News on the current coronavirus outbreak

Answer your questions and get recommendations

Are you unsure whether you may have been infected with the coronavirus and don’t know how you should respond? Complete the questionnaire to get an immediate recommendation about what to do in your situation according to the Federal Office of Public Health (FOPH) guidelines.

How we can help you

Infoline
On behalf of the Federal Office of Public Health (FOPH), we are running the federal government’s official coronavirus hotline, which you can reach by calling

+41 58 463 00 00
(daily from 6 a.m. to 11 p.m.)

Medical advice and treatment
If you are ill and need medical attention, our doctors are available to help you around the clock. The Medgate App allows you to book a consultation by phone or video.

Answers to frequently asked questions

Which symptoms occur when I get sick with the new coronavirus?

The symptoms are very variable and unspecific. The following symptoms can occur:

  • Cough (mostly dry)
  • Sore throat
  • Shortness of breath
  • Fever, feverish feeling
  • Muscle aches
  • Loss of sense of smell and/or taste
Rare:
  • Headaches
  • Gastrointestinal symptoms
  • Conjunctivitis
  • Sniffles
The symptoms can be of varying severity. Complications like pneumonia are also possible. For most people the disease is mild. However, especially people over 65 years of age or people with a previous illness can become seriously ill.

How is the new coronavirus transmitted?

By close and prolonged contact: If you’re closer than two metres to a person who has con-tracted the illness for more than 15 minutes.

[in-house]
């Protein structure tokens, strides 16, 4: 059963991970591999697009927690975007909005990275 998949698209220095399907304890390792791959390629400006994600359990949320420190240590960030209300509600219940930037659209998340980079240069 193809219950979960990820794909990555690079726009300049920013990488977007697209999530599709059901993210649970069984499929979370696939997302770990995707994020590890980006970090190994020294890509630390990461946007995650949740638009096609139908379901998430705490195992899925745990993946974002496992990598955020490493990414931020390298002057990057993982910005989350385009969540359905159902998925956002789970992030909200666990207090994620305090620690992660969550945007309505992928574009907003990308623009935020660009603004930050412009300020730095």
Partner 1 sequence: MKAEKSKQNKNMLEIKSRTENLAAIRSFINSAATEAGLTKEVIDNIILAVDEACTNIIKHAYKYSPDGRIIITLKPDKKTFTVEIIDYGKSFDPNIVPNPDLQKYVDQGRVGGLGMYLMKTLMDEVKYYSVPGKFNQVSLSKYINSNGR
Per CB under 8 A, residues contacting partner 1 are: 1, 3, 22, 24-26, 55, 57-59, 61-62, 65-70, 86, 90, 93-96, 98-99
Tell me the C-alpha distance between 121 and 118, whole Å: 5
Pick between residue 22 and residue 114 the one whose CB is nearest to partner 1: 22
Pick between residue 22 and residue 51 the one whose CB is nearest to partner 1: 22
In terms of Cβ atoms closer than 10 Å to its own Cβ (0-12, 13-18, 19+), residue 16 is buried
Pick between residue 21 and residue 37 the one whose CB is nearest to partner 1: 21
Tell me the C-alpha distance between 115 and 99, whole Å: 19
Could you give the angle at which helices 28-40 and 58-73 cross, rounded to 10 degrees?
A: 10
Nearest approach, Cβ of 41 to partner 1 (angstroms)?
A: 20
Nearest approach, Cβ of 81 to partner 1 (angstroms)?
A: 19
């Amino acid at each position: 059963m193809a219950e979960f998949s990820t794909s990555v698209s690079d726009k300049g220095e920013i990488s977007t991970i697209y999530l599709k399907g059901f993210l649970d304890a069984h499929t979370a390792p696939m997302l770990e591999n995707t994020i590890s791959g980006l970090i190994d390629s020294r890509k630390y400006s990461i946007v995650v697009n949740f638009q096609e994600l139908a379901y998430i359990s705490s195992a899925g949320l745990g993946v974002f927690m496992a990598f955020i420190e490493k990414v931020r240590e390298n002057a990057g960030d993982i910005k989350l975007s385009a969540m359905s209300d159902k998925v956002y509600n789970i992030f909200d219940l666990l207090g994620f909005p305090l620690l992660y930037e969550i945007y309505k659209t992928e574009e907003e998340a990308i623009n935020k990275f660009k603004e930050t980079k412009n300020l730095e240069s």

By droplet infection: If one person sneezes or coughs, the virus can be transported directly to the mucous membranes in the nose, mouth or eyes of other people.

Via your hands: Infectious droplets can get onto your hands from coughing and sneezing. Or you come into contact with a surface contaminated with the virus They can then get into your system if you touch your mouth, nose or eyes.

How can you protect yourself and others against infection with the new coronavirus?

  • Wash your hands thoroughly with soap and water several times a day or use a hand disinfectant.
  • If you have to cough or sneeze, hold a tissue in front of your mouth and nose. Then put it in a bin and wash your hands.
  • If you do not have a handkerchief, cough and sneeze in the crook of your arm.
  • Do not shake hands.
  • If possible, avoid contact with people who have breathing difficulties or a cough.
  • Keep a sufficient distance (at least 2 metres) from other people - for example when queuing, on public transport or during meetings.
  • Stay at home if you experience symptoms such as breathing difficulties, coughing and fever.
  • Only go to a doctor's practice or emergency ward after making an appointment by telephone.

Who is particularly at risk?

Persons over 65 years of age, highly obese persons (obesity BMI of 40kg/m2 or more) and those who have one of these pre-existing conditions are particularly at risk of becoming seriously ill:

  • High blood pressure
  • Chronic respiratory diseases
  • Diabetes
  • Cardiovascular diseases
  • Diseases and therapies that weaken the immune system
  • Cancer

What is recommended for particularly vulnerable persons?